Set design by Jack Doherty (leader), Samuel Schubert, Eliza O'Connell and Jemma Allen sees two straight and orderly rows of antique brown dining chairs aligned on either side of a large elevated square stage, which are either brought on stage by the actors in such as way as to reflect a particular location, or occupied by actors who are not featured in the current scene, but who are still ever-present, watching the action taking place on stage. This set also features a large dead tree surrounded by dead leaves collected at its trunk, placed upstage centre, which is then illuminated accordingly with clever lighting design by Chris Snape, which sees a diverse range of colours and hues used effectively to indicate time of day and location and to contribute to the mood. Of particular interest, is the final scene and Song of Purple Summer, whereby bright yellow, white and purple lighting is used to excellent effect, to convey a glimmer of hope. In short, this lighting design is a true feast for the eyes, and has an incredible ability to evoke emotion.
With regards to choreography, while this musical contains no opportunity for sensational dance numbers as such, the precise interpretive choreography by Zoe Komazec and Matt Geronimi is still breathtaking and incredible to watch. Komazec and Geronimi maximise every opportunity for clever movement which complements Torbay's blocking in such a way to cleverly contribute effectively to the storyline.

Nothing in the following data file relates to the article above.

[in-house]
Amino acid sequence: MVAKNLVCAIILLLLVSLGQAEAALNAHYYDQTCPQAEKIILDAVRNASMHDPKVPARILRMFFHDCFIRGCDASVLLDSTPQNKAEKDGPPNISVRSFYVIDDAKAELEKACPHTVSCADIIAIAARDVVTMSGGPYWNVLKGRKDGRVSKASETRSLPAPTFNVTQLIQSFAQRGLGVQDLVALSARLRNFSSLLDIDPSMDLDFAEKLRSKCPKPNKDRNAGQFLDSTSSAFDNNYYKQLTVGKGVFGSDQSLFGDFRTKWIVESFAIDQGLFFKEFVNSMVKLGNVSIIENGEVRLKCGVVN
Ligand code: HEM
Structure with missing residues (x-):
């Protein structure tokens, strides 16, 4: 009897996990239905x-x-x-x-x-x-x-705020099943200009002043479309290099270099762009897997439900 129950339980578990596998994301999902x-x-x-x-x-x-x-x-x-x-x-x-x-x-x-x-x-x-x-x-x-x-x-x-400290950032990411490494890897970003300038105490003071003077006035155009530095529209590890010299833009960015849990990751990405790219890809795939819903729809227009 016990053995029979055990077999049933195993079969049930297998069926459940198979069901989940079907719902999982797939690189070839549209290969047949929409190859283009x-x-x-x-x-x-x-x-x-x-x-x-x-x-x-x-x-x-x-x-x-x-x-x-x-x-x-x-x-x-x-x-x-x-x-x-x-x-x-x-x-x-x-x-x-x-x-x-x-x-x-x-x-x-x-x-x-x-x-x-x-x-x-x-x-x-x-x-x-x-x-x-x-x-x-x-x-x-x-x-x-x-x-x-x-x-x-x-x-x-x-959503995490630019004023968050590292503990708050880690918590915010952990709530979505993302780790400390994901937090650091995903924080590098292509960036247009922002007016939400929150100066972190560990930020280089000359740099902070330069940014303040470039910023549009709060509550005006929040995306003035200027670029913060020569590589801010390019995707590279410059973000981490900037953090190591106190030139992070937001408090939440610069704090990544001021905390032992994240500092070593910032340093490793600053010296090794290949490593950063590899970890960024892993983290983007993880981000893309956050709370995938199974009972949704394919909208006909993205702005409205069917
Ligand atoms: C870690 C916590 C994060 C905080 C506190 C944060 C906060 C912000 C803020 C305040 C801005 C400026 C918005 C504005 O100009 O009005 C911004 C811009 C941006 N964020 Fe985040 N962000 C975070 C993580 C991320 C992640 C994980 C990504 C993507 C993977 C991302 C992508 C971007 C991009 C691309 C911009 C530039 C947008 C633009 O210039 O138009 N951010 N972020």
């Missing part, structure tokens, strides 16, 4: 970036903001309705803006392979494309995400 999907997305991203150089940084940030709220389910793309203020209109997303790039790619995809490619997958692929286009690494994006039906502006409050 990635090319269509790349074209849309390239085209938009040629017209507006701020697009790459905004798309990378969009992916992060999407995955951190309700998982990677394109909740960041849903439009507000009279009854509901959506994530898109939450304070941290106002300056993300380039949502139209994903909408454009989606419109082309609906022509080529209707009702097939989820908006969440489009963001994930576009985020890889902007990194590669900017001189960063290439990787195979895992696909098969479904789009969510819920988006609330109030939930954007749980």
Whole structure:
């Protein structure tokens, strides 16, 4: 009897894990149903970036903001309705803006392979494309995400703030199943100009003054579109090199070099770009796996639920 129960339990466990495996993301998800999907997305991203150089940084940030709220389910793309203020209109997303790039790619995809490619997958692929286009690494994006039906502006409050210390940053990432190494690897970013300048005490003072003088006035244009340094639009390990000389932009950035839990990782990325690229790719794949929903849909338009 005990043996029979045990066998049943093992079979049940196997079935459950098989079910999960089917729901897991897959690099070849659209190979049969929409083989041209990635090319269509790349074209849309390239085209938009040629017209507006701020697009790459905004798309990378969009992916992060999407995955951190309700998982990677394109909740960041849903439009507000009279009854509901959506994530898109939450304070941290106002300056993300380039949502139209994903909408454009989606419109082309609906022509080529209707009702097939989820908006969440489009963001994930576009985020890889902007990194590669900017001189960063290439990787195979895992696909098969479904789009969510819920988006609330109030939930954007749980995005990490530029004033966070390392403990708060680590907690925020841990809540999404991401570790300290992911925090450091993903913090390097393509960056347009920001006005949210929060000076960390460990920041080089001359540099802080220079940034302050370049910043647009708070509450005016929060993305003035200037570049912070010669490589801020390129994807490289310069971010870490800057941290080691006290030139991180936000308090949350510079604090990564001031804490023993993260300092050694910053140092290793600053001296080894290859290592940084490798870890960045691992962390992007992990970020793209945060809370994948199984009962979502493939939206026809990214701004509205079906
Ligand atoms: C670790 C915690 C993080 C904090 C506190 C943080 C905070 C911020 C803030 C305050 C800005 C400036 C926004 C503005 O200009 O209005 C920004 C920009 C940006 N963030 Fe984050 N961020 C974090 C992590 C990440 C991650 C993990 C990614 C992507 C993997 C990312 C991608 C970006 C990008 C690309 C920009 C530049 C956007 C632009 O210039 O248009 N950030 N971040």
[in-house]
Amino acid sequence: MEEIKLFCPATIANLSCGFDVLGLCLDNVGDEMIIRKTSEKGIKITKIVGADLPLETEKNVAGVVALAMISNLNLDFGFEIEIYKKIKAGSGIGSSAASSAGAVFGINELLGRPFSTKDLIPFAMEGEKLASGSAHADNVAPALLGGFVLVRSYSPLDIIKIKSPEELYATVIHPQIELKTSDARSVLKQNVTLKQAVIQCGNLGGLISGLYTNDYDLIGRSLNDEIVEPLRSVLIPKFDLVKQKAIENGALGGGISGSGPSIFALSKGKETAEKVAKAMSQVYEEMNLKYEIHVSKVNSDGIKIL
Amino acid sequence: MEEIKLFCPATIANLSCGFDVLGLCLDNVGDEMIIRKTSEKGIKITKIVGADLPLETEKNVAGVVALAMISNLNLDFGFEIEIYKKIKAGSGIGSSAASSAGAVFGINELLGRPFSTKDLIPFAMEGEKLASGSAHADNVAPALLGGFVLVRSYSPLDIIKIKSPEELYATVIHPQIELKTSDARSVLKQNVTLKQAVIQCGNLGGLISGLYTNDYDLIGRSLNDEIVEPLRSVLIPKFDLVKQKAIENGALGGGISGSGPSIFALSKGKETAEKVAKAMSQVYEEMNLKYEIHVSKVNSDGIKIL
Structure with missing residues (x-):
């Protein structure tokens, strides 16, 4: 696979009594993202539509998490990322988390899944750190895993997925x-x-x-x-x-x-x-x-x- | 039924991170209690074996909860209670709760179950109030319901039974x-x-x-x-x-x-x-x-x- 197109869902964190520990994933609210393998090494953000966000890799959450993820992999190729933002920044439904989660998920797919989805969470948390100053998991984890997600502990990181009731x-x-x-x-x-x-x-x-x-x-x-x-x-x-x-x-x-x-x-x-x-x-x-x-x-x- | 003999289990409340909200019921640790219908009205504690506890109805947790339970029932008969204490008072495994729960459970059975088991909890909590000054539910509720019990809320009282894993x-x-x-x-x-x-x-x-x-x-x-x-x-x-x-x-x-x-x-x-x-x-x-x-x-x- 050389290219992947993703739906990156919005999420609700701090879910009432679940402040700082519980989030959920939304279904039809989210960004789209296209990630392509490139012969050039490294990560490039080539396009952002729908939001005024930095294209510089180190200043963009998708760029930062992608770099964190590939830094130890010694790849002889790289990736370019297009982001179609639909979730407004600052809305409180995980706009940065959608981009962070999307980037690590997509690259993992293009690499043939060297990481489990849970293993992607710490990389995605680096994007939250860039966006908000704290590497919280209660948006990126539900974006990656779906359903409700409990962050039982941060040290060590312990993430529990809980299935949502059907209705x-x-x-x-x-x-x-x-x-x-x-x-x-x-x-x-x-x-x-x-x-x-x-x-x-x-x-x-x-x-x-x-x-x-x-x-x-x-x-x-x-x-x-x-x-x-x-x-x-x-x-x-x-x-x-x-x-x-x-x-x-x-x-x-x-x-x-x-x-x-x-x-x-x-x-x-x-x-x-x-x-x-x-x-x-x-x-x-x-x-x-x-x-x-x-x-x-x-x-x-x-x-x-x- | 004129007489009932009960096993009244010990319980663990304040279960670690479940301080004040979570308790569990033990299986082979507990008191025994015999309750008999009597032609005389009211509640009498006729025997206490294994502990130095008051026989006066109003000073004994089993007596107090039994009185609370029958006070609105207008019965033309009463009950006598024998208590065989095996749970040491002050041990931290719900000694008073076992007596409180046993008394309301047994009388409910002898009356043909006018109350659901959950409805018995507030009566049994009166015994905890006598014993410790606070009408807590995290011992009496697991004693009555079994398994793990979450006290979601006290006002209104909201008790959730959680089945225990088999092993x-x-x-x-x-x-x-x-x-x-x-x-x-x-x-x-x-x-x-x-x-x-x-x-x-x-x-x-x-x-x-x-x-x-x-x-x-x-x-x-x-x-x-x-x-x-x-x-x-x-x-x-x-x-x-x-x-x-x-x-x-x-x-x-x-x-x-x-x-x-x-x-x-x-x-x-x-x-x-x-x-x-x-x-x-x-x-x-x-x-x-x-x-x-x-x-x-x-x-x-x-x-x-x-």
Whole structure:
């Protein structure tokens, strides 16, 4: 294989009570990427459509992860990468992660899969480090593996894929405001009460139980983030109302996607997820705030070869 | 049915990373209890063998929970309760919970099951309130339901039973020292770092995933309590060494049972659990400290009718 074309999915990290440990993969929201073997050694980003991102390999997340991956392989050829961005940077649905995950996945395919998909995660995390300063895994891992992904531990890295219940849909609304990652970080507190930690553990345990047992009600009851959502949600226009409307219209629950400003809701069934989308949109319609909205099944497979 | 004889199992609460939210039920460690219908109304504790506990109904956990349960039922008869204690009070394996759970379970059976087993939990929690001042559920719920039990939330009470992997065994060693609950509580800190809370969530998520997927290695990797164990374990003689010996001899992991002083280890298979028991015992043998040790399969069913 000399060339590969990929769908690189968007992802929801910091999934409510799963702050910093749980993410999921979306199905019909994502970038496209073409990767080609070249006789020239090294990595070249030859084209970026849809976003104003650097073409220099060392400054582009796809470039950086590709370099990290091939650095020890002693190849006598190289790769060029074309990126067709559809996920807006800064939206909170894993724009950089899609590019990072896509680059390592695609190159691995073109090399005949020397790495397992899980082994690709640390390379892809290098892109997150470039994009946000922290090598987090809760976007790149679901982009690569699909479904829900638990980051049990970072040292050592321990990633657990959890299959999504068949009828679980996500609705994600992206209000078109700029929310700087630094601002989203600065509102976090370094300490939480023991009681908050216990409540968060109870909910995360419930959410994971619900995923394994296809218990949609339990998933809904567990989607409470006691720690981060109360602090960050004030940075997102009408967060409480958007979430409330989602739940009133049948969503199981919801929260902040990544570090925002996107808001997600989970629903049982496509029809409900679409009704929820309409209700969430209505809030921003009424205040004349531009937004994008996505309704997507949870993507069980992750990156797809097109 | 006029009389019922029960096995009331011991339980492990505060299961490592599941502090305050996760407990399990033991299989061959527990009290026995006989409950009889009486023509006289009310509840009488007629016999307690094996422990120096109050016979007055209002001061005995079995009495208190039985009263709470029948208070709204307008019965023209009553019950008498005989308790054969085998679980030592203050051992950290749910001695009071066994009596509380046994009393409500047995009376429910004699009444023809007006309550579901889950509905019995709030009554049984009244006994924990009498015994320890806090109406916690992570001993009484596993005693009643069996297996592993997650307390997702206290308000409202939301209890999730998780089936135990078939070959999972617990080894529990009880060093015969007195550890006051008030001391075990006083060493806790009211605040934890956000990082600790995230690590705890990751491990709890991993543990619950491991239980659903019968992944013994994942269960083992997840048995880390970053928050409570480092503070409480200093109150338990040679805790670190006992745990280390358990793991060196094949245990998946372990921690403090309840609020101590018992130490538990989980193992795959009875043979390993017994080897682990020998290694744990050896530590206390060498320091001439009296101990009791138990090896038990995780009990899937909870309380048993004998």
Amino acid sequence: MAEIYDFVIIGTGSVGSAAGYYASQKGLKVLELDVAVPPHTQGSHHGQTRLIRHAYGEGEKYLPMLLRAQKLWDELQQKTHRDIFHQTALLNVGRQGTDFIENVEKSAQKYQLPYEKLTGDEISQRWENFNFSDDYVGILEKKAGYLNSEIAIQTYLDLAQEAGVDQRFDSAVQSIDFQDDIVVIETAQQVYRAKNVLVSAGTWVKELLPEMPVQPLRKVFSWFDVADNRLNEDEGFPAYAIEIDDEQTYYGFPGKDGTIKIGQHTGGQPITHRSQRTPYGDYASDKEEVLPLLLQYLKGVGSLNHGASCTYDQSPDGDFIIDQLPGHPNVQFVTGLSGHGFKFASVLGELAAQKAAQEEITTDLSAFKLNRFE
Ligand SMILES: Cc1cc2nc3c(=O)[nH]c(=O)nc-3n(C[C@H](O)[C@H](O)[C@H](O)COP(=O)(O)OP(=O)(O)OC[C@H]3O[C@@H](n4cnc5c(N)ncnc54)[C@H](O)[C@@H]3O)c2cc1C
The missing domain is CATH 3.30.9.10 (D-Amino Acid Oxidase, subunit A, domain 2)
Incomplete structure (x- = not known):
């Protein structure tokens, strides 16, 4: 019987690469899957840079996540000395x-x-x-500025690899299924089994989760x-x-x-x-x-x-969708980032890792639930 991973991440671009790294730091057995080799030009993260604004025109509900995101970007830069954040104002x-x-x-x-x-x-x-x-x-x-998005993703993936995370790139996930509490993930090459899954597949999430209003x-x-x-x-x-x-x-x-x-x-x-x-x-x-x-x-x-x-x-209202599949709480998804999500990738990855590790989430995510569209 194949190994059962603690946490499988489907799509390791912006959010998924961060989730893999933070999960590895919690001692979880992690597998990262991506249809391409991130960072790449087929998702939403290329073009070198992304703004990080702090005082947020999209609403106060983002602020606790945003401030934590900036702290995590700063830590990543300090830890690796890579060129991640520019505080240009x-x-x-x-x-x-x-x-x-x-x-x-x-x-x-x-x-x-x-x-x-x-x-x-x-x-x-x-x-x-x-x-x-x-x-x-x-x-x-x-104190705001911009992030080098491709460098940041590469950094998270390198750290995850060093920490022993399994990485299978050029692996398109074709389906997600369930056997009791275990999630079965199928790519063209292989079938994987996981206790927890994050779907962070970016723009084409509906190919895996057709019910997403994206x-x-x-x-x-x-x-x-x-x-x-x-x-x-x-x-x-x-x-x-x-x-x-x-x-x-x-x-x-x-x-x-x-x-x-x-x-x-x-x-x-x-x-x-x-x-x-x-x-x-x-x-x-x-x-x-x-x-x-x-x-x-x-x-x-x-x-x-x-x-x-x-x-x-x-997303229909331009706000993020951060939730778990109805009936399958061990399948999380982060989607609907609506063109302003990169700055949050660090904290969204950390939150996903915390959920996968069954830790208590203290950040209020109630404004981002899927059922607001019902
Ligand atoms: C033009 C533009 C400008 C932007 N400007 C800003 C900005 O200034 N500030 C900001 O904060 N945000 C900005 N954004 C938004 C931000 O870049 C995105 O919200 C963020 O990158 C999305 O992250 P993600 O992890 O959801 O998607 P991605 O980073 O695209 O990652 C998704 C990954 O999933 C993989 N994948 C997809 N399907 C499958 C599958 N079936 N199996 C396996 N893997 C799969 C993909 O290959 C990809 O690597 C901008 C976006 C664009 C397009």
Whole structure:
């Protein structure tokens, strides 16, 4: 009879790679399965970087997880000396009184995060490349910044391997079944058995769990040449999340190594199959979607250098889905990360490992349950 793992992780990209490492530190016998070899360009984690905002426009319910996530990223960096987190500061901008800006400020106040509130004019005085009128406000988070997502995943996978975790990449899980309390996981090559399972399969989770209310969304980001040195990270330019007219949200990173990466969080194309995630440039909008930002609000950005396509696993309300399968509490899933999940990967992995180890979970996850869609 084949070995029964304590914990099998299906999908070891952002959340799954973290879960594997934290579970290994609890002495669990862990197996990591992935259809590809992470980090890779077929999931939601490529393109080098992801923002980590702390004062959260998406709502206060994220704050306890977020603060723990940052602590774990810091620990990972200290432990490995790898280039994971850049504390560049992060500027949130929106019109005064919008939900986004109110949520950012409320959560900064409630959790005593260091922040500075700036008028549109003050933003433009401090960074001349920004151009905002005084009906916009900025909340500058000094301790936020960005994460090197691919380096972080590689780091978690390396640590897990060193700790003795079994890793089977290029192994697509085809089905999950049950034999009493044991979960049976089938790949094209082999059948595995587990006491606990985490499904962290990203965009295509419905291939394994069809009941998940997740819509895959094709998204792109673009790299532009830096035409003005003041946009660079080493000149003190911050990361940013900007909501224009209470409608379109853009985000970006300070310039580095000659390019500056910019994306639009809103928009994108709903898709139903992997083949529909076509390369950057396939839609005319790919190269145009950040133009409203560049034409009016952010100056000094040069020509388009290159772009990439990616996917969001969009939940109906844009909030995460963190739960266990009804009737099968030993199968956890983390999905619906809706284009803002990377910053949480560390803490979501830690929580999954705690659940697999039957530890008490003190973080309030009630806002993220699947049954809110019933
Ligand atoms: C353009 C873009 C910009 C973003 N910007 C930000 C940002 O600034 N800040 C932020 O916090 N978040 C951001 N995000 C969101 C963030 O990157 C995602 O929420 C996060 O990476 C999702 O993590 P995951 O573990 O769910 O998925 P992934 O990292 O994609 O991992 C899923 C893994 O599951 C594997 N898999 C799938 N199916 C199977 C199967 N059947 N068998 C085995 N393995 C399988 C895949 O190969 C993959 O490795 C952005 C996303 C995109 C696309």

However, a musical is not complete without the music itself, and in this case, Paul Sinkinson adequately leads his live six-piece band through the score, and though only a small band, the sound which is created (with help from sound designer Jamie Mensforth), is sufficient and pleasing to the ear, with each note played with precision.
Therefore, though this production is the first for students of Adelaide University's Bachelor of Music Theatre Course, it is not in the slightest bit obvious as the production is polished and quite a beauty to behold. It is the case, therefore, that Adelaide University has experienced an awakening of their own, specifically, the awakening of quality musical theatre productions which are of the highest quality, and give other amateur companies something to aim for. If something of this calibre can be produced after only one year of study, the future of this course will be something incredible, and although the future is unknown, what is known, is that it will be exciting and something to look forward to. The only way to go now is up.